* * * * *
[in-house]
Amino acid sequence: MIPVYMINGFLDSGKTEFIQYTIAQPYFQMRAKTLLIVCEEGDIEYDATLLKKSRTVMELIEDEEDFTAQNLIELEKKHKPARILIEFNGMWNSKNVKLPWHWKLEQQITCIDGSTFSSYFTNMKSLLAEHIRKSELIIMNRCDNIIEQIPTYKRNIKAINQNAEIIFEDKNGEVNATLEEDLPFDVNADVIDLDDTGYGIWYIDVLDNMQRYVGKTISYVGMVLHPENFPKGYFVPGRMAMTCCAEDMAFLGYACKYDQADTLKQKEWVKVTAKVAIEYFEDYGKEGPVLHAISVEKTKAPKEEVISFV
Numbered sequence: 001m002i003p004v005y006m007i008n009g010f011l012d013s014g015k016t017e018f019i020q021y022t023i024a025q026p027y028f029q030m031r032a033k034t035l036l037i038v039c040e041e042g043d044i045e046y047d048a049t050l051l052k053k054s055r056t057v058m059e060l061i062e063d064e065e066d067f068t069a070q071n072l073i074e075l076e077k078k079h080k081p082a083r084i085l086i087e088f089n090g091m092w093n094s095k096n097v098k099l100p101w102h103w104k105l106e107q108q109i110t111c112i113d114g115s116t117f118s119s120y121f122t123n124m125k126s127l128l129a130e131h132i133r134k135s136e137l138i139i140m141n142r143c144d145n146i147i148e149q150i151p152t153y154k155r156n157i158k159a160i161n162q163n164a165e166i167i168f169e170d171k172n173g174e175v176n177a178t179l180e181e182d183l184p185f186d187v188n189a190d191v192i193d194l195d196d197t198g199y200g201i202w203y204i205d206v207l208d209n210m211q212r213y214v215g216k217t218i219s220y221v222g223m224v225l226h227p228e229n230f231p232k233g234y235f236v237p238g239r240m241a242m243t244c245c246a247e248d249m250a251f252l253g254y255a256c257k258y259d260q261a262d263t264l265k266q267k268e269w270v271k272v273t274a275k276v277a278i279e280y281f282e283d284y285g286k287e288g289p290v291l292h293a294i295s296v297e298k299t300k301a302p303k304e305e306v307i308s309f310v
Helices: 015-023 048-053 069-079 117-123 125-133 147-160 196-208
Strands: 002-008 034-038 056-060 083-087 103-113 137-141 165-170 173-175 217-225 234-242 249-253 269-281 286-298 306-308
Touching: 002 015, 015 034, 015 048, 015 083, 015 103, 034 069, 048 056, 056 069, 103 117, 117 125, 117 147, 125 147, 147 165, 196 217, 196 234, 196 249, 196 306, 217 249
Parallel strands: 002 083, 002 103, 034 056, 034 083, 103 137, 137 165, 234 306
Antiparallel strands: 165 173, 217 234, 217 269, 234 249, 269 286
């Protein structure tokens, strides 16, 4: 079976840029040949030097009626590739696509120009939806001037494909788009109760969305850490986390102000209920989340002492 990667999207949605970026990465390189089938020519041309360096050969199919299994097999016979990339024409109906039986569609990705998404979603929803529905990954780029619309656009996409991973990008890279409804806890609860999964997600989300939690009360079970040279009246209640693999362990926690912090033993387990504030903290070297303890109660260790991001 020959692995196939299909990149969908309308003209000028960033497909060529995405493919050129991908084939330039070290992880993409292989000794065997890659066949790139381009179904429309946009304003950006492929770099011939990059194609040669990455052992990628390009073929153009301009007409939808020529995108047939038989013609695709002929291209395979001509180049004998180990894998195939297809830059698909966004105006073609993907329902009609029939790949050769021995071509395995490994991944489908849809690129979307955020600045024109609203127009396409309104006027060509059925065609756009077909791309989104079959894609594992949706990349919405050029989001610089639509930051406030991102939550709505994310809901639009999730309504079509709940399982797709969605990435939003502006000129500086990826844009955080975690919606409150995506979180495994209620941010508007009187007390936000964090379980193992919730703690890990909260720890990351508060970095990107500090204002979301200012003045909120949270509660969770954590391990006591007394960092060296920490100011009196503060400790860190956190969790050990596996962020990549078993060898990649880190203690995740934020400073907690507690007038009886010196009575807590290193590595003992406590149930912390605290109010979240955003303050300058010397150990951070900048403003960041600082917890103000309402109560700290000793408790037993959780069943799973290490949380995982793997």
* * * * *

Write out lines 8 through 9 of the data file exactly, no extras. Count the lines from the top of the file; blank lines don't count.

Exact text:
Antiparallel strands: 165 173, 217 234, 217 269, 234 249, 269 286
């Protein structure tokens, strides 16, 4: 079976840029040949030097009626590739696509120009939806001037494909788009109760969305850490986390102000209920989340002492 990667999207949605970026990465390189089938020519041309360096050969199919299994097999016979990339024409109906039986569609990705998404979603929803529905990954780029619309656009996409991973990008890279409804806890609860999964997600989300939690009360079970040279009246209640693999362990926690912090033993387990504030903290070297303890109660260790991001 020959692995196939299909990149969908309308003209000028960033497909060529995405493919050129991908084939330039070290992880993409292989000794065997890659066949790139381009179904429309946009304003950006492929770099011939990059194609040669990455052992990628390009073929153009301009007409939808020529995108047939038989013609695709002929291209395979001509180049004998180990894998195939297809830059698909966004105006073609993907329902009609029939790949050769021995071509395995490994991944489908849809690129979307955020600045024109609203127009396409309104006027060509059925065609756009077909791309989104079959894609594992949706990349919405050029989001610089639509930051406030991102939550709505994310809901639009999730309504079509709940399982797709969605990435939003502006000129500086990826844009955080975690919606409150995506979180495994209620941010508007009187007390936000964090379980193992919730703690890990909260720890990351508060970095990107500090204002979301200012003045909120949270509660969770954590391990006591007394960092060296920490100011009196503060400790860190956190969790050990596996962020990549078993060898990649880190203690995740934020400073907690507690007038009886010196009575807590290193590595003992406590149930912390605290109010979240955003303050300058010397150990951070900048403003960041600082917890103000309402109560700290000793408790037993959780069943799973290490949380995982793997």